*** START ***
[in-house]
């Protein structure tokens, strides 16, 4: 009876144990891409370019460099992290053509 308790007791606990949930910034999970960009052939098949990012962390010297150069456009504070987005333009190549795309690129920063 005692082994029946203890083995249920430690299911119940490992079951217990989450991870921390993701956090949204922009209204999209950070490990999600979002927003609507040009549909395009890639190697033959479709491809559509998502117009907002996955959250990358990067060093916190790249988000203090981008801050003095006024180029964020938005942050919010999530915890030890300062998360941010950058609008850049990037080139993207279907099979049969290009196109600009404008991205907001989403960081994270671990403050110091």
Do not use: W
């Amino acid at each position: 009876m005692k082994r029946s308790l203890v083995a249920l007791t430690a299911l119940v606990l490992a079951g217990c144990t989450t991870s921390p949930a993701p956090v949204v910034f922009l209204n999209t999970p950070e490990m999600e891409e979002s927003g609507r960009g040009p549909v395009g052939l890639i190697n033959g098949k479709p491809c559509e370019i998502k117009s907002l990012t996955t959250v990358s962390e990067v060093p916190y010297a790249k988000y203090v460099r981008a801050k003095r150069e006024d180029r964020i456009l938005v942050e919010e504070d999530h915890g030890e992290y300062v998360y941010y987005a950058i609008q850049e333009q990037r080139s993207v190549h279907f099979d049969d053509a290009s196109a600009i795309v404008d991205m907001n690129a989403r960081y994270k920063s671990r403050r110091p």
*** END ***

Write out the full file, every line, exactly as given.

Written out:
[in-house]
């Protein structure tokens, strides 16, 4: 009876144990891409370019460099992290053509 308790007791606990949930910034999970960009052939098949990012962390010297150069456009504070987005333009190549795309690129920063 005692082994029946203890083995249920430690299911119940490992079951217990989450991870921390993701956090949204922009209204999209950070490990999600979002927003609507040009549909395009890639190697033959479709491809559509998502117009907002996955959250990358990067060093916190790249988000203090981008801050003095006024180029964020938005942050919010999530915890030890300062998360941010950058609008850049990037080139993207279907099979049969290009196109600009404008991205907001989403960081994270671990403050110091």
Do not use: W
């Amino acid at each position: 009876m005692k082994r029946s308790l203890v083995a249920l007791t430690a299911l119940v606990l490992a079951g217990c144990t989450t991870s921390p949930a993701p956090v949204v910034f922009l209204n999209t999970p950070e490990m999600e891409e979002s927003g609507r960009g040009p549909v395009g052939l890639i190697n033959g098949k479709p491809c559509e370019i998502k117009s907002l990012t996955t959250v990358s962390e990067v060093p916190y010297a790249k988000y203090v460099r981008a801050k003095r150069e006024d180029r964020i456009l938005v942050e919010e504070d999530h915890g030890e992290y300062v998360y941010y987005a950058i609008q850049e333009q990037r080139s993207v190549h279907f099979d049969d053509a290009s196109a600009i795309v404008d991205m907001n690129a989403r960081y994270k920063s671990r403050r110091p």